Ovarian Cancer

Adult cancer
  • Ovarian cancer is the sixth most frequent cancer amongst women. Around 3300 cases are diagnosed every year in Spain, representing 5.1% of female cancers.
  • Developed countries such as Spain present a higher incidence, which is on the increase.
  • This tumour is usually associated with middle age: most cases are diagnosed in the second half of a woman’s lifespan. However, there is a significant number of cases diagnosed after the age of 30, and it is not infrequent to diagnose tumours in young women from the age of 15.
  • Ovarian cancer has a high mortality rate, 60% rate at five years. This is the highest mortality rate after lung, breast and colon cancer. The reason for this is that there is currently no early diagnosis method, and therefore up to 75% of cases appear in advanced stages when the tumour has already expanded. The five-year survival rate is 20%-30%.

The aim of this project is to study ligands and receptors from the ErbB/HER family, from among the four receptors of growth factors which have been shown to have a therapeutic implication, and assess whether a therapeutic benefit can be achieved using drugs addressed for these purposes.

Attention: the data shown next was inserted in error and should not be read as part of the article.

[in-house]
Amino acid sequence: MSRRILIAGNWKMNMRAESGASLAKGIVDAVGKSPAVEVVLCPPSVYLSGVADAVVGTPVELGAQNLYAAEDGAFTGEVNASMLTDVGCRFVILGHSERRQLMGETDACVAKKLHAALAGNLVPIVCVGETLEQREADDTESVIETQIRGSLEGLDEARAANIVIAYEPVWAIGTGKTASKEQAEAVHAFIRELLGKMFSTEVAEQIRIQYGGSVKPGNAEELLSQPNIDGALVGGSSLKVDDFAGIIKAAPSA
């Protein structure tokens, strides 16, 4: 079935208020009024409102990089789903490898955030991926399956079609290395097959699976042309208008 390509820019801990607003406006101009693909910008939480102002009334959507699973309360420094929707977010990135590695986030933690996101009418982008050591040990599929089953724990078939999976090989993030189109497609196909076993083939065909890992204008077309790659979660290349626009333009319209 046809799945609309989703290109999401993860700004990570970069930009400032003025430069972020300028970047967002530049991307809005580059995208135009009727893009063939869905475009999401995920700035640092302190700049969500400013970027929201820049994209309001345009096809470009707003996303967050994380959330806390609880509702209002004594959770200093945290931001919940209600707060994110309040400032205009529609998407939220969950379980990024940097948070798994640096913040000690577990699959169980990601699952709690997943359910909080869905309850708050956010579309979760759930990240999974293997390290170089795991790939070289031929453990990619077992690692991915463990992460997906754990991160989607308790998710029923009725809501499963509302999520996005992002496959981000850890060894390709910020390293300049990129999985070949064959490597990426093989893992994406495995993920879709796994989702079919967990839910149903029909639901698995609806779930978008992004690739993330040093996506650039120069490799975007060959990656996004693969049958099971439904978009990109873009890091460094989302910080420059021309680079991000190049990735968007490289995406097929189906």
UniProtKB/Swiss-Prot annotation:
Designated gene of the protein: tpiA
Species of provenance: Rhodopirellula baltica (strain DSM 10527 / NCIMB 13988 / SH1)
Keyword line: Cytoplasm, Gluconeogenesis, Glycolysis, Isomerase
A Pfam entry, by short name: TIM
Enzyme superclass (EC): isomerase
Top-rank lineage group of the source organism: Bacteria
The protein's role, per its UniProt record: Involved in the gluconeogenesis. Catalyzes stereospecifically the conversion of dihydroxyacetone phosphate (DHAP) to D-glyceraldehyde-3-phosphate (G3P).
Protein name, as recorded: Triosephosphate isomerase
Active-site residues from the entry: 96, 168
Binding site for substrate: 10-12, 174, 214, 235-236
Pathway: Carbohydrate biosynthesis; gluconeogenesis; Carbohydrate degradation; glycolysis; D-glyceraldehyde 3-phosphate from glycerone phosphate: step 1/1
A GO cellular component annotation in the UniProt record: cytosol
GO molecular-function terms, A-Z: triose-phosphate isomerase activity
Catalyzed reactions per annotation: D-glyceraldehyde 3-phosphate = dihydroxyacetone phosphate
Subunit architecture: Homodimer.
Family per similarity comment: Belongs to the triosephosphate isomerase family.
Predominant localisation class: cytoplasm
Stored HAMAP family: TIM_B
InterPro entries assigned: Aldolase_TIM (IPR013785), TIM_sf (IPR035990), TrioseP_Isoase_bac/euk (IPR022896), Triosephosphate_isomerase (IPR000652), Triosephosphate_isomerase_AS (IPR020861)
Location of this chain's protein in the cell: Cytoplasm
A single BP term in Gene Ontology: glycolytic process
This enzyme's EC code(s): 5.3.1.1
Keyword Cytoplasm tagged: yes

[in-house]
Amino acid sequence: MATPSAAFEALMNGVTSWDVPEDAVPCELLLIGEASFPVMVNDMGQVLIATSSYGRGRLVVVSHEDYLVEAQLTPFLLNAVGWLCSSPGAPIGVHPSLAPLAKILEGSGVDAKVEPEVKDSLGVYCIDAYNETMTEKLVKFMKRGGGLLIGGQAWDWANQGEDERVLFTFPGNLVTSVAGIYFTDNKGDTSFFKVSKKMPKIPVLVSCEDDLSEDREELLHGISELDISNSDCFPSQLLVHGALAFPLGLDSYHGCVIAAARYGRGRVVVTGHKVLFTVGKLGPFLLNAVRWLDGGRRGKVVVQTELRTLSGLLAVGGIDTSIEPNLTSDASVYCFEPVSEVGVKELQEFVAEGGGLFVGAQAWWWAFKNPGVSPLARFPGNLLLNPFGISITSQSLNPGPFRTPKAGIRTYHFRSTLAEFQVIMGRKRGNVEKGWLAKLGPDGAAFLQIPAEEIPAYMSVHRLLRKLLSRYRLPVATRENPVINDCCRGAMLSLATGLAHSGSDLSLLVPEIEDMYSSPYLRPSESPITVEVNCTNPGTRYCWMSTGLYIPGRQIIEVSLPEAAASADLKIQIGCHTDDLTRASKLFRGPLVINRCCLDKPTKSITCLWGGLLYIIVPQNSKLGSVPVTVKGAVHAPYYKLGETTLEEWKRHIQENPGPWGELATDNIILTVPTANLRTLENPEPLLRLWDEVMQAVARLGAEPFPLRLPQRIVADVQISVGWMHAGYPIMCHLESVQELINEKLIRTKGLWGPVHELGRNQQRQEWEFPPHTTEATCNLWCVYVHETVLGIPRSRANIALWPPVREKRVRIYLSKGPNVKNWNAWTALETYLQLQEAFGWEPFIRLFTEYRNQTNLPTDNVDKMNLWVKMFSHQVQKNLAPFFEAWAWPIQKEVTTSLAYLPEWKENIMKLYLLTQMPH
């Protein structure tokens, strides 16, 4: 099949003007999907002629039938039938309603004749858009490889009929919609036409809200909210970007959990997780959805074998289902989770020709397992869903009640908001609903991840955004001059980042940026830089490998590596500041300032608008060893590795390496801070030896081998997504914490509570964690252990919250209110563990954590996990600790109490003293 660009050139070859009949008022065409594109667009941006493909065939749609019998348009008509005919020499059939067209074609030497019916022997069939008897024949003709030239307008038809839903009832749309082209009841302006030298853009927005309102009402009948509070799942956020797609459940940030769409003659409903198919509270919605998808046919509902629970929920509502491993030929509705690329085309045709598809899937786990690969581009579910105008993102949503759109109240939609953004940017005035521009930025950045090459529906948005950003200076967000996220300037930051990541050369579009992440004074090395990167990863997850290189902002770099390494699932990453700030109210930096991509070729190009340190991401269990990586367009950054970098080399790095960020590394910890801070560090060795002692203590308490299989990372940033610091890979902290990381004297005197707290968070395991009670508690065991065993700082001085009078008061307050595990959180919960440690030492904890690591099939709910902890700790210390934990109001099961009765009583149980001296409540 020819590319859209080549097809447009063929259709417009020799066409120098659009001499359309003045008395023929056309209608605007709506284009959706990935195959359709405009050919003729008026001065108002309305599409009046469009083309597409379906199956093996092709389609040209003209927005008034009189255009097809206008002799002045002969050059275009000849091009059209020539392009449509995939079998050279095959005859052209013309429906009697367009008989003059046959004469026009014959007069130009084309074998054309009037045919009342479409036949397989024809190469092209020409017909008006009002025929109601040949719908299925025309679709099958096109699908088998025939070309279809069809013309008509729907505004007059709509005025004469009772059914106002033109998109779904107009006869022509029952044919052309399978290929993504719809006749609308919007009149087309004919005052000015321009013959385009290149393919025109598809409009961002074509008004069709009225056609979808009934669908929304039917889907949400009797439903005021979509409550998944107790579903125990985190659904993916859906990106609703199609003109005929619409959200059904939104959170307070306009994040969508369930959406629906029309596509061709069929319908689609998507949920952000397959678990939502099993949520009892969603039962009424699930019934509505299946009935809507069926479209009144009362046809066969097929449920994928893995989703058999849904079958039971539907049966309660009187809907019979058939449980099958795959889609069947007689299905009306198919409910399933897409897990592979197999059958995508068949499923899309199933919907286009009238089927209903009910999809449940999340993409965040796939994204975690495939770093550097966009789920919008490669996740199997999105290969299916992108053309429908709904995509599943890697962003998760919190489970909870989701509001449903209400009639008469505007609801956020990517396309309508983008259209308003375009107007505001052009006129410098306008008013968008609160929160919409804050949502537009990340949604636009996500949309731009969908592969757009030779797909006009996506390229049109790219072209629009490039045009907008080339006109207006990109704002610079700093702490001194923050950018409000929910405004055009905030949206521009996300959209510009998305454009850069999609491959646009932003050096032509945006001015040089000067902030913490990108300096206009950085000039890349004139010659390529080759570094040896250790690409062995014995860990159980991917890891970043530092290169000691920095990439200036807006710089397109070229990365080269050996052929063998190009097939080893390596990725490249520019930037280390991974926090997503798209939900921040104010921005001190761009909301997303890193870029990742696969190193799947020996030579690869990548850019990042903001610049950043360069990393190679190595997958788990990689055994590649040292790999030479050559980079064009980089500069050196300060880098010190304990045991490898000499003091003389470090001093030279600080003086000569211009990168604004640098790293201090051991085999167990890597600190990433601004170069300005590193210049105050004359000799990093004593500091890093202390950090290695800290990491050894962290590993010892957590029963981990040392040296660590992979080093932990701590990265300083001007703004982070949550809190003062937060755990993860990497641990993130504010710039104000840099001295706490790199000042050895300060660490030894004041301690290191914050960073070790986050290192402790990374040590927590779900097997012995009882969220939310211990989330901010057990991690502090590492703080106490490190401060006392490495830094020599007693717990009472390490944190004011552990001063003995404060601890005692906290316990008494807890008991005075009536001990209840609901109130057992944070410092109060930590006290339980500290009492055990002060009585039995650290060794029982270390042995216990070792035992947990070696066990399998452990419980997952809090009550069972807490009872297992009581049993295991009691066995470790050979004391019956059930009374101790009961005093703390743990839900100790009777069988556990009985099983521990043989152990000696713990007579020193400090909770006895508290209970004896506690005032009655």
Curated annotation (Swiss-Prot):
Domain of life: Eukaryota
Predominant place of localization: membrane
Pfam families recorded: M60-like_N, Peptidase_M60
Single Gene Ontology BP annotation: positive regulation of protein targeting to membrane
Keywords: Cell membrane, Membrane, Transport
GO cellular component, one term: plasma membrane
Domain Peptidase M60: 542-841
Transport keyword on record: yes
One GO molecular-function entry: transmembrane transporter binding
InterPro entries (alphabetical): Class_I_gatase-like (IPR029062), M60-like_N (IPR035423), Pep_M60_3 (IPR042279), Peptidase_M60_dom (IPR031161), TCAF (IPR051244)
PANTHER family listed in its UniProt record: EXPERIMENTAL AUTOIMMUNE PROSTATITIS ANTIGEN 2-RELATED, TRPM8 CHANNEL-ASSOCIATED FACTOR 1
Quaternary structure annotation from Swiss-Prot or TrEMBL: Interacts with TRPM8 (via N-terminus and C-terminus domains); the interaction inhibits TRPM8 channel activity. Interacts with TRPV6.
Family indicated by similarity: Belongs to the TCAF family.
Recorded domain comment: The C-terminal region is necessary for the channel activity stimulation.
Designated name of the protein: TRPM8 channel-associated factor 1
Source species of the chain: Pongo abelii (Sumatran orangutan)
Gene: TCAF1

We have studied the presence of the four HER receptors and other receptor tyrosine kinases in samples of ovarian cancer tumours taken from the tumour banks of Albacete University Hospital and Salamanca University Hospital.

After assessing 16 tumours, it has been observed that the most frequently expressed receptors were those in the ErbB family, including HER2, HER3 and EGFR. Phosphorylation of PDGFRalfa, FGFR2, FAK, VEGFR1 and RET2 was also observed, as shown in the following chart. Our preliminary data show the importance of ErbB receptors in ovarian cancer.

Similarly, we observed that the same tumour could show the activation of different receptors, as shown in the following chart. For example, the samples BT-317B, A, BT-350 and BT-13424 show several activated receptors. Please note that the majority of these receptors are from the ErbB family, and that several of them were activated within the same tumour.